More can and will be done to improve the health of New Zealand children, the Ministry of Health has highlighted today on United Nations Universal Children’s Day, November 20.

The day was established in 1954 and is celebrated each year to improve children's welfare, and to promote awareness of children’s issues and rights worldwide.

November 20 was the date in 1959 when the UN General Assembly adopted the Declaration of the Rights of the Child. It was also the date in 1989 when the UN General Assembly adopted the Convention on the Rights of the Child.

Over the last decade in New Zealand, immunisation of children against measles and other vaccine-preventable diseases among primary school children has markedly improved, with 89% of 5-year-olds now fully immunised, although more work needs to be done with secondary school children, says Deputy Director of Public Health Dr Harriette Carr.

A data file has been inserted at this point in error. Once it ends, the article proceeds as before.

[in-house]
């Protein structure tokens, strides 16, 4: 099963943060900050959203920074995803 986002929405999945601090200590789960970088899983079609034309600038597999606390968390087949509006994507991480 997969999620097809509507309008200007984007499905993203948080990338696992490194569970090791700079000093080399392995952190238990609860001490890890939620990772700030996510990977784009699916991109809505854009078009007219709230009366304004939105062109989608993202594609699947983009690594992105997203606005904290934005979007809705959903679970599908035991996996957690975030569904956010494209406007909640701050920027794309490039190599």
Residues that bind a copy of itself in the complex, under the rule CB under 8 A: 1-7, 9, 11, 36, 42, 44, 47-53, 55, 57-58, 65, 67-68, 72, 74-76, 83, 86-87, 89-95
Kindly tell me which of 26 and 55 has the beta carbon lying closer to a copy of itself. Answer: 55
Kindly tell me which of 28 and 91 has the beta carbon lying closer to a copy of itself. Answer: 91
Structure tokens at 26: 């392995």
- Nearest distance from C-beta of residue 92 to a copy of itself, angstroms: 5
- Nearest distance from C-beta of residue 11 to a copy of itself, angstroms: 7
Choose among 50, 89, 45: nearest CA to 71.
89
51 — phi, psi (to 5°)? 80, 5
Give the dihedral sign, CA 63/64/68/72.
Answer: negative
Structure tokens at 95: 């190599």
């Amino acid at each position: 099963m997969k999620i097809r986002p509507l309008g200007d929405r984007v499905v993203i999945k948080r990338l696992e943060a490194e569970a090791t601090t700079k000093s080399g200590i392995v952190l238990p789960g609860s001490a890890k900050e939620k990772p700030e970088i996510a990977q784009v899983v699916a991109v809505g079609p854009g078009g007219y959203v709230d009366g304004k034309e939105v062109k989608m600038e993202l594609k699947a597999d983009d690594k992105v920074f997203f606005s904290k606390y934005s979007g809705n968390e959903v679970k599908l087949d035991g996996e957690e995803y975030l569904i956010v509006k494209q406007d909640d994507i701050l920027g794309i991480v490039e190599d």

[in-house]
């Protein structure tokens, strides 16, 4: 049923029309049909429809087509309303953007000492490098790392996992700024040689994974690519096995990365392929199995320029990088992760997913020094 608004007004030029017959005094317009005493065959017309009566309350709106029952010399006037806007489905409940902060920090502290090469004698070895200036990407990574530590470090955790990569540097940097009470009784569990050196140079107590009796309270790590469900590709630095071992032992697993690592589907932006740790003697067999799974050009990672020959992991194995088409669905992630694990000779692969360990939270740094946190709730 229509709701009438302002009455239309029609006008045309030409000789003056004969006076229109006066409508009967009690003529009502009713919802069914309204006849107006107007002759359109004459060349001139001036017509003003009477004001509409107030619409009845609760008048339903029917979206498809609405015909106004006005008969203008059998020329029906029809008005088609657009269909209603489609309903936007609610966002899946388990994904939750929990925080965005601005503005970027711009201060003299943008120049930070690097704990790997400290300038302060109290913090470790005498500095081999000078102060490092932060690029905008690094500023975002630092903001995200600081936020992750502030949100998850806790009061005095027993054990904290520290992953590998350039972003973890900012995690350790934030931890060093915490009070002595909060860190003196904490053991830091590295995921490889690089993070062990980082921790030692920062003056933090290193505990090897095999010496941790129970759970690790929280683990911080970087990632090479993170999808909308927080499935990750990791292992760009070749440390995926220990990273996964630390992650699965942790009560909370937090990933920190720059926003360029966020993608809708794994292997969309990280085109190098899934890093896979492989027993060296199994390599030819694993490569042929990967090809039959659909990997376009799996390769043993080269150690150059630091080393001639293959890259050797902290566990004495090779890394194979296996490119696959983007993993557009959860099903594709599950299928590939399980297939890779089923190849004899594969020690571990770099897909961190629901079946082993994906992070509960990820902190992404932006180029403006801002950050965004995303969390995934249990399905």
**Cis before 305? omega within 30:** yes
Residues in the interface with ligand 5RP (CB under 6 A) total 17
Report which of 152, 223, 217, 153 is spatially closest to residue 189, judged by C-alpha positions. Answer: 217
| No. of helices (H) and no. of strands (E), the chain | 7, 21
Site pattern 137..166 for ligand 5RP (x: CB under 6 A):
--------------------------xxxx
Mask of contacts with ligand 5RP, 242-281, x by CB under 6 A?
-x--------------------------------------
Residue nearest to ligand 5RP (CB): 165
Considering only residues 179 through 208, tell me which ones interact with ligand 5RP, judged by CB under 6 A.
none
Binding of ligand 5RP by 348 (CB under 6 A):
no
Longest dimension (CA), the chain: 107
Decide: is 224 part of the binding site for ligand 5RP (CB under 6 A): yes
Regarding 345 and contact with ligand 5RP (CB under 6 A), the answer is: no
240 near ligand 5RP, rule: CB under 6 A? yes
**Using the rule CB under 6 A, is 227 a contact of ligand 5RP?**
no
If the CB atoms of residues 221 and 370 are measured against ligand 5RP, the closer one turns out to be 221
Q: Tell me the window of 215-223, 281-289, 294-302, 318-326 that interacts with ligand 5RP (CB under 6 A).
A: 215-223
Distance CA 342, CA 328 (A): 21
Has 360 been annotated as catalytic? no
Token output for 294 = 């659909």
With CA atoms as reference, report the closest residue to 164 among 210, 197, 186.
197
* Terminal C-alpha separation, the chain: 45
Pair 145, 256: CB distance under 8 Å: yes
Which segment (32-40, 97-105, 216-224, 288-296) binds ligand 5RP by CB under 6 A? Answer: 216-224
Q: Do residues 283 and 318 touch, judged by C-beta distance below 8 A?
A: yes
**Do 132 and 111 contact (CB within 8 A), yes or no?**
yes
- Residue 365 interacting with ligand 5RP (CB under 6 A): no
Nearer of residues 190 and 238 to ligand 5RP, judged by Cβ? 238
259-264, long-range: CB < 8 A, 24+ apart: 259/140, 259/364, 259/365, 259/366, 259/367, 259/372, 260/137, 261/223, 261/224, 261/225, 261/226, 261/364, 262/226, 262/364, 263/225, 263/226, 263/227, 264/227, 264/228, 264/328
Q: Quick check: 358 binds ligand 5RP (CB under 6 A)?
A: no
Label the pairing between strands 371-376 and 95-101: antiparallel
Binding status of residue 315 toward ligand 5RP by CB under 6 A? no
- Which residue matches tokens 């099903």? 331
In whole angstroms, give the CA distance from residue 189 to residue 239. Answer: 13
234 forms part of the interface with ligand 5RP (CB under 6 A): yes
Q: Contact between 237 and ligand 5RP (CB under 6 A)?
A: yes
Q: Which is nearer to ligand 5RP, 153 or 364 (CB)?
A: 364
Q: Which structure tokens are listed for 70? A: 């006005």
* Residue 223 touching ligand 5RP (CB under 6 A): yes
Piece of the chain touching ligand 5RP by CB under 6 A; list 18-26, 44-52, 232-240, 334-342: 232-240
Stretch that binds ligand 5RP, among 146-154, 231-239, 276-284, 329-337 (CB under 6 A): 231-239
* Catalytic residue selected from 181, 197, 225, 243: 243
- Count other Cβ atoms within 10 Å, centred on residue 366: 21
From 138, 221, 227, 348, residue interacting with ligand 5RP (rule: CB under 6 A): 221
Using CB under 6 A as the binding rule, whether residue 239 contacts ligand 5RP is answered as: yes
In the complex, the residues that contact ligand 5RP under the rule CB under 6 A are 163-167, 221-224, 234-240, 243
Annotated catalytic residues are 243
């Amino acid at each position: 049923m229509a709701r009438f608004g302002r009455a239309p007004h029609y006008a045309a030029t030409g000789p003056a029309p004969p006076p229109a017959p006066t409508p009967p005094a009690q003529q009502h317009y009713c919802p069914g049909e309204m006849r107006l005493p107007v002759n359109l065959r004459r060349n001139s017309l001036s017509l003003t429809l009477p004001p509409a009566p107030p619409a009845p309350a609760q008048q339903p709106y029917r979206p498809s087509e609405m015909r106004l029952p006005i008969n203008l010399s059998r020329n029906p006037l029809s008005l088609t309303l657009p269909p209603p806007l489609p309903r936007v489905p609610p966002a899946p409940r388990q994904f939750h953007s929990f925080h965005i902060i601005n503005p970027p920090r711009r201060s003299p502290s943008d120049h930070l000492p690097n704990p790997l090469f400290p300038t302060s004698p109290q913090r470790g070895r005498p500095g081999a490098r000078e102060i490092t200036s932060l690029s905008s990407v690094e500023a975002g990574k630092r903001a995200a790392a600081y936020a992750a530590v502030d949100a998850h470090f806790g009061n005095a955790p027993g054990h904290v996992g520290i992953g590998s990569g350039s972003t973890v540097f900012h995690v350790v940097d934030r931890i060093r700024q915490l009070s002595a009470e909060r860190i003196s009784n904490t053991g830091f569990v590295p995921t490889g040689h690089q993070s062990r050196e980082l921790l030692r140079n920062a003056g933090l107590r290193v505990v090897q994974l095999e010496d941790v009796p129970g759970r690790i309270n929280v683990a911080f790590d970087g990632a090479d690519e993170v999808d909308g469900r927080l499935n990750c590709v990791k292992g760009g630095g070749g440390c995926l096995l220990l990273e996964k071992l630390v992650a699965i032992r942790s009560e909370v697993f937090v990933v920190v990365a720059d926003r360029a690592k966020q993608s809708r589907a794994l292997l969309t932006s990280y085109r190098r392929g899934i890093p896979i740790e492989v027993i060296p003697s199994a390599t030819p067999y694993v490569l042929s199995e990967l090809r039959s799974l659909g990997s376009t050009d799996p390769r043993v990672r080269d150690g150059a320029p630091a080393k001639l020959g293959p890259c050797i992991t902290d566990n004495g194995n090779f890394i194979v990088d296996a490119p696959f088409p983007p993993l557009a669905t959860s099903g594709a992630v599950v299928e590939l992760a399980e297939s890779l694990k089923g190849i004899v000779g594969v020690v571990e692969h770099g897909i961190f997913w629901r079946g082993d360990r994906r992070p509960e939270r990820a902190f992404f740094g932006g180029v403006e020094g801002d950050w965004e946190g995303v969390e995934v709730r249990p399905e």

‘There are a large number of teenagers and young people who have lower levels of immunisation. This has resulted in a number of outbreaks of vaccine preventable diseases over the past 10 years. We are currently experiencing a large number of mumps cases in this age group, due in part to their lower immunisation rates.

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